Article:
Wolf Eyes - River Slaughter (Hospital Productions 2xLP)

More heavy transmissions from out the basement of Jammyland, New York. This one is the long-awaited double LP debut from Wolf Eyes, whom you are bound to have encountered by now. "River Slaughter" is cobbled together from reworkings and revisions of two earlier, limited-run Wolf Eyes CD-Rs: "River of Haze" and "Human Slaughterhouse Demos". Unfortunately those discs must be two that got away because I can't say I've got them amongst my Wolf Eyes collection, thus I'm not able to tell exactly how much material has been given the ol' once-over.
If you've ever bought a few random Wolf Eyes American Tapes CD-Rs in your day (especially more recently), you might've realized they don't quite compare to when Wolf Eyes put in appearances on other labels. Maybe they're just trying harder, I don't know. But I do know that their prior releases on labels like Hospital, Bulb, Heresee, Important, Polyamory and Sub Pop (natch!) count among my favorite Wolf Eyes discs, while I'm usually less interested in the weekly American Tapes jams. Maybe that, coupled with the 2LP format, have already gotten my expectations up unrealistically high for this one, but I must say I felt slightly let down. Another "thing" I have with Wolf Eyes is they tend to lapse into slow, druggy, sludged-out crawls like a doom metal band with electronics. The band are by far and away at their strongest when Olson's fists are pumping and Nate is losing is shit on the mic. That rarely takes place here; these four sides are all slow-burners of the highest order. Which isn't necessarily a bad thing I guess, but the band are capable of a lot more. All sides boast occasional stretches of silences interrupted with blats and blasts from various damaged electronic goods, or (my favorite part) on side one when Olson gets out deranged duck calls across the waves.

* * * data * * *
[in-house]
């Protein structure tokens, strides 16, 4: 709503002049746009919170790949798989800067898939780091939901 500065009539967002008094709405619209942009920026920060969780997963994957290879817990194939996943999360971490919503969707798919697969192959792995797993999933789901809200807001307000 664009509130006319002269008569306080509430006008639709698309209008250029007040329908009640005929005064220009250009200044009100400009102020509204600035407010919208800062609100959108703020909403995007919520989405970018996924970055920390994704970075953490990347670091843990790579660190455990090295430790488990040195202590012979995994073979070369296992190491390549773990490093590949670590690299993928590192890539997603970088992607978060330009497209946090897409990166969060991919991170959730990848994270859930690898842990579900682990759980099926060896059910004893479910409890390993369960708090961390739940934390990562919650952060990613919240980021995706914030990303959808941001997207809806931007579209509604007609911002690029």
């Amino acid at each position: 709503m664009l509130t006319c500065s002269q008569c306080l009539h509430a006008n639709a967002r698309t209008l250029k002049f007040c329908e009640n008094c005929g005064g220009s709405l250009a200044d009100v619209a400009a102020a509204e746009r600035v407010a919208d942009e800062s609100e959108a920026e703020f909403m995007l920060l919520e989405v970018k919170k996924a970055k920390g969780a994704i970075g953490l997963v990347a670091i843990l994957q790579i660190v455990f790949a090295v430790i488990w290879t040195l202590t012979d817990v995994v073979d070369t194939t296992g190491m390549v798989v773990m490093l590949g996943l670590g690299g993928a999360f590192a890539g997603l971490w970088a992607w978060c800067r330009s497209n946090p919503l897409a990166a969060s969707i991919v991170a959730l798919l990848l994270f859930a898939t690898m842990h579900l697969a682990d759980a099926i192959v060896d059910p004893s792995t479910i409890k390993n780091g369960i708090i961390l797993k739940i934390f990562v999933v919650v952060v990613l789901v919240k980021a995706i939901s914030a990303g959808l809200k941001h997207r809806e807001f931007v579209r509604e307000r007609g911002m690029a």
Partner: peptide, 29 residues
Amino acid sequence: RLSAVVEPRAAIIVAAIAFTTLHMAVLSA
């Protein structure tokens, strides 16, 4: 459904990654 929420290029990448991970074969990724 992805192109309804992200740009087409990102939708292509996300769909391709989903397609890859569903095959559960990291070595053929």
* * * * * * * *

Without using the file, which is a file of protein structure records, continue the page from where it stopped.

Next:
The flipside to that starts out interestingly enough with a few minutes of roaring, monster rushes of white noise and metallic guitar riffing. Unfortunately the band takes a vacation for the rest of the side and it's filled out with the kind of lo-fi electric musings that build up to nothing at all.
The next side (I think we're up to side three now) is most notable for Nate Young's processed shrieks totally buried underneath a black wall of destruction followed by more silence and quiet rumblings. The noise picks up again briefly towards the side's conclusion, but it doesn't particularly satisfy. The fourth side is the least active of all, sounding more like the most strung-out of Dead Machines skree. The whole side basically functions as a coda to the set, and it does the job accordingly.
Wolf Eyes definitely have not "lost their touch" with this release, it just got away from them a bit. There's certainly some great material to be found across these 60-odd minutes, but I think it could've easily been cut down to a single record. Oh well, whatever Wolf Eyes do I'm always curious to see what's next...and we'll all probably be finding out within the week anyway.


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